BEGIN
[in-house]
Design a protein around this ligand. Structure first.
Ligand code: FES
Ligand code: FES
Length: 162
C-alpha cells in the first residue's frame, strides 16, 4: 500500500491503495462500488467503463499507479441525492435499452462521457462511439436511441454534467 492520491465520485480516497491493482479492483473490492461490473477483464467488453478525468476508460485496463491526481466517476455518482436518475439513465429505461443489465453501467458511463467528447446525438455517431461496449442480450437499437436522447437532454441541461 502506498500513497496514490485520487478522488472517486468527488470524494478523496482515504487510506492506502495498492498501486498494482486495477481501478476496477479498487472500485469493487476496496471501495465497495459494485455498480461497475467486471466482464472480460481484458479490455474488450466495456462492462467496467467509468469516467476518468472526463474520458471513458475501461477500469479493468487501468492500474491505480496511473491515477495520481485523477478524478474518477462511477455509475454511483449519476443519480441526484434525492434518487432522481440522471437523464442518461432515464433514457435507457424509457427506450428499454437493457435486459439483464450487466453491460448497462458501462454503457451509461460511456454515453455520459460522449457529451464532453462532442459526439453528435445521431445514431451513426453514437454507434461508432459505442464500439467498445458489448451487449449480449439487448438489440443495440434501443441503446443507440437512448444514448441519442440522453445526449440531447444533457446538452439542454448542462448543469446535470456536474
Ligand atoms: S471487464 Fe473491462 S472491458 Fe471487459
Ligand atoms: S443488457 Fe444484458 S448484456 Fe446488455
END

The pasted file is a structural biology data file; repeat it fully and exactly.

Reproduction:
[in-house]
Design a protein around this ligand. Structure first.
Ligand code: FES
Ligand code: FES
Length: 162
C-alpha cells in the first residue's frame, strides 16, 4: 500500500491503495462500488467503463499507479441525492435499452462521457462511439436511441454534467 492520491465520485480516497491493482479492483473490492461490473477483464467488453478525468476508460485496463491526481466517476455518482436518475439513465429505461443489465453501467458511463467528447446525438455517431461496449442480450437499437436522447437532454441541461 502506498500513497496514490485520487478522488472517486468527488470524494478523496482515504487510506492506502495498492498501486498494482486495477481501478476496477479498487472500485469493487476496496471501495465497495459494485455498480461497475467486471466482464472480460481484458479490455474488450466495456462492462467496467467509468469516467476518468472526463474520458471513458475501461477500469479493468487501468492500474491505480496511473491515477495520481485523477478524478474518477462511477455509475454511483449519476443519480441526484434525492434518487432522481440522471437523464442518461432515464433514457435507457424509457427506450428499454437493457435486459439483464450487466453491460448497462458501462454503457451509461460511456454515453455520459460522449457529451464532453462532442459526439453528435445521431445514431451513426453514437454507434461508432459505442464500439467498445458489448451487449449480449439487448438489440443495440434501443441503446443507440437512448444514448441519442440522453445526449440531447444533457446538452439542454448542462448543469446535470456536474
Ligand atoms: S471487464 Fe473491462 S472491458 Fe471487459
Ligand atoms: S443488457 Fe444484458 S448484456 Fe446488455